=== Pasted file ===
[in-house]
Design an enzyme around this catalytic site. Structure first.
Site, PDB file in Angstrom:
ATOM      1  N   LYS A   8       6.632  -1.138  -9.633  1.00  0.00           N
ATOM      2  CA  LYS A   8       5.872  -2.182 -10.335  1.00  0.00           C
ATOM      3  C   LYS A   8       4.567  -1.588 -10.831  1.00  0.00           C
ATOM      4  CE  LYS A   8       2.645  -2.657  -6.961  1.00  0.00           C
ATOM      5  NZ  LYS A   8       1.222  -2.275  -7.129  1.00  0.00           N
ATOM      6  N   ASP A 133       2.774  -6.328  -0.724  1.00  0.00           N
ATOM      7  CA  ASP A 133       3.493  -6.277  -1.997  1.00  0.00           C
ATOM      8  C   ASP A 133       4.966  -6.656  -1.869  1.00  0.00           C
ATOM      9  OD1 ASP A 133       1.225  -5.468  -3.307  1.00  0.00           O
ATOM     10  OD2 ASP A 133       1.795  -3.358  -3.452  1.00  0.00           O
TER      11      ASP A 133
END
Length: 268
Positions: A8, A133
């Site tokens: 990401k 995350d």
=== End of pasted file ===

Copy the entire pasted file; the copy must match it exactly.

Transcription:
[in-house]
Design an enzyme around this catalytic site. Structure first.
Site, PDB file in Angstrom:
ATOM      1  N   LYS A   8       6.632  -1.138  -9.633  1.00  0.00           N
ATOM      2  CA  LYS A   8       5.872  -2.182 -10.335  1.00  0.00           C
ATOM      3  C   LYS A   8       4.567  -1.588 -10.831  1.00  0.00           C
ATOM      4  CE  LYS A   8       2.645  -2.657  -6.961  1.00  0.00           C
ATOM      5  NZ  LYS A   8       1.222  -2.275  -7.129  1.00  0.00           N
ATOM      6  N   ASP A 133       2.774  -6.328  -0.724  1.00  0.00           N
ATOM      7  CA  ASP A 133       3.493  -6.277  -1.997  1.00  0.00           C
ATOM      8  C   ASP A 133       4.966  -6.656  -1.869  1.00  0.00           C
ATOM      9  OD1 ASP A 133       1.225  -5.468  -3.307  1.00  0.00           O
ATOM     10  OD2 ASP A 133       1.795  -3.358  -3.452  1.00  0.00           O
TER      11      ASP A 133
END
Length: 268
Positions: A8, A133
């Site tokens: 990401k 995350d």